The Opel Diplomat

Opel ranks highly in the diplomatic corps
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Indy Lifestyle Online

At this year's Geneva motor show, the German car-maker Erich Bitter showed off his stylish new coupe, the Bitter CD. That car - for the time being at least - is a one-off, but it contains a lot of mass-produced General Motors components since it is based on the well-regarded Holden Monaro with its beefy Chevrolet V8 engine.

At this year's Geneva motor show, the German car-maker Erich Bitter showed off his stylish new coupe, the Bitter CD. That car - for the time being at least - is a one-off, but it contains a lot of mass-produced General Motors components since it is based on the well-regarded Holden Monaro with its beefy Chevrolet V8 engine.

With the new model, Herr Bitter is following a recipe that has worked for him before. In 1974, he launched his Bitter Diplomat CD. That, too, was based on a GM donor car with impressive mechanicals and a big Chevrolet V8. But back in the 1970s, Bitter didn't have to go all the way to Australia to find something suitable - it was available on his doorstep. The model he adopted was the 1969 Opel Diplomat V8, the most imposing European volume-badged car ever built, except for, perhaps, the far less attractive Ford Zodiac Mk IV.

Actually, the Diplomat V8, with its 5.3 litres and 230bhp, was just the priciest version of a whole range of big Opels that shared the same huge body-shell. Lesser Diplomats made do with Opel's 2.8 litre six cylinder engine, and were badged Diplomat E. Two further models based on the same bodywork, the Kapitän and the Admiral had horizontally arranged rectangular headlamps, rather than the vertically stacked units of the Diplomats, and more basic trim. The Kapitän and the Admiral made do with carburettor-fed versions of the Opel six, while the Diplomat E got fuel injection.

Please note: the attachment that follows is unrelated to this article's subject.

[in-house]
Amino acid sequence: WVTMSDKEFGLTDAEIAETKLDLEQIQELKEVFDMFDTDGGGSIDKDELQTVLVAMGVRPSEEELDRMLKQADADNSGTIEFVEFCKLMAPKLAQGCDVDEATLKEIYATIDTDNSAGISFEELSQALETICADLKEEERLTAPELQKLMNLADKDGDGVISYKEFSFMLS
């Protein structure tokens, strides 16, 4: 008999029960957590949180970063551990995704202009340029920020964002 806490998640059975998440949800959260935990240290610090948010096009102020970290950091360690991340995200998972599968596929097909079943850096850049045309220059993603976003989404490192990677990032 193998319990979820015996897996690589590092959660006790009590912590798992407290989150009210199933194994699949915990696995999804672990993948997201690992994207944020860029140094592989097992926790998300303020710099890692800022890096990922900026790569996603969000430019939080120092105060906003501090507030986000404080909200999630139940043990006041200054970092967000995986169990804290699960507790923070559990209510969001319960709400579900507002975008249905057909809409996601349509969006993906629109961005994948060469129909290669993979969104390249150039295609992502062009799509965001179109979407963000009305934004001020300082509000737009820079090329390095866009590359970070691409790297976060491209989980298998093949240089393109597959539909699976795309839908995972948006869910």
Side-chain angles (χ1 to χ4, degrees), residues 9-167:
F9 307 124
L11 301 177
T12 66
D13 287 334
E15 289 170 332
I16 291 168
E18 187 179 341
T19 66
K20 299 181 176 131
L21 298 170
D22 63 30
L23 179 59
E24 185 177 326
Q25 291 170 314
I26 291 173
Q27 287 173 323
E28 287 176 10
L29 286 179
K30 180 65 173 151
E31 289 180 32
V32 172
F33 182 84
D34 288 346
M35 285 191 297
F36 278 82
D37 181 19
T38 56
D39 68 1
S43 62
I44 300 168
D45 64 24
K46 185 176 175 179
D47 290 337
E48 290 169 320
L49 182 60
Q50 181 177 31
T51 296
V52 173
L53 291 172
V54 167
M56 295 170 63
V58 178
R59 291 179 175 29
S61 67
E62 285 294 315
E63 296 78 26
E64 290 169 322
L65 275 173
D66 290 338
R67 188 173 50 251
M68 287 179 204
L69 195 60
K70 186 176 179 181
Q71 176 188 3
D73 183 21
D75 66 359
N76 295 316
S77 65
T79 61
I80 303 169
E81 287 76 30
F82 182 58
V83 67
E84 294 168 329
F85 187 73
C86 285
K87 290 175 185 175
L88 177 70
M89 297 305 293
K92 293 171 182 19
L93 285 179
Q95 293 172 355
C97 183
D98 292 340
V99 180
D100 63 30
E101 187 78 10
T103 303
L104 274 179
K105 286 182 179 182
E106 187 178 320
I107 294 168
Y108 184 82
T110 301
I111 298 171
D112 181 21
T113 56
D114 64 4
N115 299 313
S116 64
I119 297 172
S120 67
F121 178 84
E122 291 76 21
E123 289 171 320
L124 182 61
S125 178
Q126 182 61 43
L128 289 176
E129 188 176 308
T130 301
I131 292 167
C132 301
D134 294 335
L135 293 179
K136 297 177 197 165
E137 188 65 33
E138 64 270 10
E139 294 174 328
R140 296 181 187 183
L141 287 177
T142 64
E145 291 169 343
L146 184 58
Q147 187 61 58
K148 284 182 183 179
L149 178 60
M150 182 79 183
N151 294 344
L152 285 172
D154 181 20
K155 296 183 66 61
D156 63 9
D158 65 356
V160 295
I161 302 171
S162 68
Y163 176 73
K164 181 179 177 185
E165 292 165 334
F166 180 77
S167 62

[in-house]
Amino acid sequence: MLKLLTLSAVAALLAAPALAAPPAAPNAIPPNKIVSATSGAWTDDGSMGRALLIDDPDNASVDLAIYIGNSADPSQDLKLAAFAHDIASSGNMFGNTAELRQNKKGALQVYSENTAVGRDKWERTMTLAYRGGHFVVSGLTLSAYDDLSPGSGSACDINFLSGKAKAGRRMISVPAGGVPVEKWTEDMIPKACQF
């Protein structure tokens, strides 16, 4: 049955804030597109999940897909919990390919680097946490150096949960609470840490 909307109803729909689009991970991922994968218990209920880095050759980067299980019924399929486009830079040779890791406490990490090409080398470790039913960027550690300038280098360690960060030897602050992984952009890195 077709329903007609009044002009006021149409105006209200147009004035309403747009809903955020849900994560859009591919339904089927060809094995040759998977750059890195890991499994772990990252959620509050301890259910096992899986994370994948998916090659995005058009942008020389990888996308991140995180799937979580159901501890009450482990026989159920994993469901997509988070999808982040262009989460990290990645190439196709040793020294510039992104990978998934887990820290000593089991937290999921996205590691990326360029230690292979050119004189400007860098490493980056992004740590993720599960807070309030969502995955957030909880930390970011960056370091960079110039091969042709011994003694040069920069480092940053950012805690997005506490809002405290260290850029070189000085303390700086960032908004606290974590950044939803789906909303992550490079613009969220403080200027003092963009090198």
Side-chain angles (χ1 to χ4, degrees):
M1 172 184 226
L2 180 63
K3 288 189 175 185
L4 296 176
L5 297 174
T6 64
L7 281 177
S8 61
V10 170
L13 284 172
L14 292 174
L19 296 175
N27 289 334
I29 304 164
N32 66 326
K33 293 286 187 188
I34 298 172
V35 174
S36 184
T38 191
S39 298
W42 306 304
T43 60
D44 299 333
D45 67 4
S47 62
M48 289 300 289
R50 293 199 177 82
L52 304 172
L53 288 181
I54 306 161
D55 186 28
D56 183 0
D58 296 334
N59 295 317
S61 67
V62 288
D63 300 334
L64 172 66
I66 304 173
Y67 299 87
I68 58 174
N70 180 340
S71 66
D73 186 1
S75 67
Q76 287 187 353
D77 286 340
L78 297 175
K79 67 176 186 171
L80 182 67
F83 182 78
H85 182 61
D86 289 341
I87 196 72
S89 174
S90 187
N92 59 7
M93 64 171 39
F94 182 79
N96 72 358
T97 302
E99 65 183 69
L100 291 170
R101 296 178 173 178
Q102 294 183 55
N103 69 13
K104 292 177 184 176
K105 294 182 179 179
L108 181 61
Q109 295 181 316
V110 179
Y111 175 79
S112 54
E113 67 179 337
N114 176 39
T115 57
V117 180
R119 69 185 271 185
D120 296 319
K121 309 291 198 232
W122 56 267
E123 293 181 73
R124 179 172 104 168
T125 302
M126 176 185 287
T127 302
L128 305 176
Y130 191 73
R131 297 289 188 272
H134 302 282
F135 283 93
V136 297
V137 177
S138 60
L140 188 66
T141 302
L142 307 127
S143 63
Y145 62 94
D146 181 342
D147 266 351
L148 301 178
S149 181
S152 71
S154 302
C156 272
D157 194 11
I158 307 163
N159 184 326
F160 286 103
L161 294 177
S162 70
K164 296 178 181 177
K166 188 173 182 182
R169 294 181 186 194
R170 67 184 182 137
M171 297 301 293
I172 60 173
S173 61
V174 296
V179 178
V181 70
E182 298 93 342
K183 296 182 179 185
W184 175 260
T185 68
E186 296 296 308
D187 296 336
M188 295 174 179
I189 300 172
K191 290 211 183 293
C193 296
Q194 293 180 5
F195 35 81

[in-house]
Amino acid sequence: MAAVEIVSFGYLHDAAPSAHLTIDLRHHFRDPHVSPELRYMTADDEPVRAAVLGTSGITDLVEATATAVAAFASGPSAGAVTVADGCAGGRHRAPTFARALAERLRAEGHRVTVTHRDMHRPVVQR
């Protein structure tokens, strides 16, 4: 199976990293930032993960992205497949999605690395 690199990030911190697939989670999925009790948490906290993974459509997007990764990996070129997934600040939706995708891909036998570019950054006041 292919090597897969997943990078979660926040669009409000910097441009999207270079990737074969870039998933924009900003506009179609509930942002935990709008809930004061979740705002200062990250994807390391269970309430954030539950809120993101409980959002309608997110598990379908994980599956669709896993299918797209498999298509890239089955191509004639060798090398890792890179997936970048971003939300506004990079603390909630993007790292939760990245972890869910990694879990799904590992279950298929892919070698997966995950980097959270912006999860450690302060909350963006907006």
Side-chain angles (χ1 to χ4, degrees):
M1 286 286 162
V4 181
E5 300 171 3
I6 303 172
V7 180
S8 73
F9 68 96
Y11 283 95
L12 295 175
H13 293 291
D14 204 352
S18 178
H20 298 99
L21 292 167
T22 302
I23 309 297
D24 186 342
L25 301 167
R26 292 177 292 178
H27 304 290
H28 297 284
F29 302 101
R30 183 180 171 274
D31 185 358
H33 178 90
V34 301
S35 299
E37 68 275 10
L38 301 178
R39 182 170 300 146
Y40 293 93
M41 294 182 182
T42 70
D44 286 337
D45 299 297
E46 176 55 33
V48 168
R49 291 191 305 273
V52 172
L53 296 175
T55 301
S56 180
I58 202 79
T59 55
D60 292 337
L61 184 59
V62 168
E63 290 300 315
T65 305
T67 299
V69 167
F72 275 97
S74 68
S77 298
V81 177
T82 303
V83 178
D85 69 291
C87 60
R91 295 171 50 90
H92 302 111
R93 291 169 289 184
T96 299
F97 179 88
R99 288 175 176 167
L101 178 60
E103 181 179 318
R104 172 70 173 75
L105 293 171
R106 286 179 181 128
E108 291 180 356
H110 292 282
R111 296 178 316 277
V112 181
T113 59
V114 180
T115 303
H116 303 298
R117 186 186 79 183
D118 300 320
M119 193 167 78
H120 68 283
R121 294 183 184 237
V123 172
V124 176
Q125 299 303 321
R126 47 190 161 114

Not for Opel in those days, you will notice, inoffensively meaningless, politically correct model names like Meriva and Vectra. Badges such as Admiral were warlike, masculine and let you know precisely where you fitted in to a rather rigid hierarchy. If you owned a Kadett, you knew your lowly place in the pecking order - and if they'd had the tiny Agila then, it would probably have been the Opel Cabin Boy.

Despite their rank-based differences in engines and styling, however, the big Diplomats, Admirals and Kapitäns all shared the same fancy De Dion rear axle, with self-levelling suspension available as an option. Also optional, at least on the cheaper models, was power steering. Customers who forgot to tick that particular box on the order form ended up with manual steering, geared down to give a whopping five turns of the wheel between locks. That can't have been much fun.

When it appeared, the 1969 Diplomat was actually an inch or two larger in every direction than the S-Class. Only with the W116 of 1972 did Mercedes catch up, which begs the question of whether the S-class really had anything that the Diplomat did not. Apart from the three-pointed star on the bonnet, perhaps not much - but that badge was decisive. While the Diplomat faded away in 1977, the S-Class went from strength to strength, with new generations of Mercedes's range-topper being launched in 1979, 1991 and 1998.

Opel did introduce a new top model, the Senator, but that was half a size smaller. When the second-generation Senator came to the end of the road in the 1990s, it too was not replaced, leaving the smaller Omega as Opel's biggest car. Now the Omega, the last rear-wheel-drive Opel saloon, and therefore the last link with the Diplomat, has gone as well. Other volume makers have found it just as difficult to shift big cars without posh badges: Ford has abandoned the Granada, while Peugeot and Renault struggle on with the 607 and Vel Satis. Only Volkswagen, with its Phaeton, an expensive car with a mass-market badge, produces something truly comparable to the big 1970s Opels. And how is that doing? Let's just be Diplomatic and say that, in the light of sluggish sales, VW may be putting the Phaeton project down to Bitter experience.

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